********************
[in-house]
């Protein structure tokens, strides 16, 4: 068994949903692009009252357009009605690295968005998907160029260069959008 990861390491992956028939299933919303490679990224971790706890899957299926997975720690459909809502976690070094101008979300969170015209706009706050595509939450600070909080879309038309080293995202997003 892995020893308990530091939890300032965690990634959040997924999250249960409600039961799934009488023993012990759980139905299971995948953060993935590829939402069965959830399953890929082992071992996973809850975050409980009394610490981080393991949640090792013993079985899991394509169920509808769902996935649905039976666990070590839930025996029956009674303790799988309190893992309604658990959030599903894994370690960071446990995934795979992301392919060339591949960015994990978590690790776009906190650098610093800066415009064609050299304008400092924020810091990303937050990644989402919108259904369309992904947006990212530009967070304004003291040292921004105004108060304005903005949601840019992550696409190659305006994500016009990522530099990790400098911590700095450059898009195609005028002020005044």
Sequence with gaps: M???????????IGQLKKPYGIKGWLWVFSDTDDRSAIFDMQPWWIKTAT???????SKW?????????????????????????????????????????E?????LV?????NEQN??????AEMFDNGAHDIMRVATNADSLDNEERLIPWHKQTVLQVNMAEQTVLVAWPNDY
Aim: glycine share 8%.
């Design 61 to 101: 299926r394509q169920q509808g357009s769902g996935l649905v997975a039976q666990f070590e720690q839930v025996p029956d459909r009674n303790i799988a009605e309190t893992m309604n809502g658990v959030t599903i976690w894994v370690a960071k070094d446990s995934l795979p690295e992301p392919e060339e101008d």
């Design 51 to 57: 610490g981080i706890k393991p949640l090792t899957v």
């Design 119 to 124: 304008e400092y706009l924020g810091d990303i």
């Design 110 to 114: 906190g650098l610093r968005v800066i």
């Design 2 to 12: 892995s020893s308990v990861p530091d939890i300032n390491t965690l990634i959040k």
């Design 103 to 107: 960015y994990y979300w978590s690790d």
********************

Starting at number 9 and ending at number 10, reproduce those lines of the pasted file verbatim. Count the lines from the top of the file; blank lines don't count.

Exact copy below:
């Design 2 to 12: 892995s020893s308990v990861p530091d939890i300032n390491t965690l990634i959040k």
């Design 103 to 107: 960015y994990y979300w978590s690790d």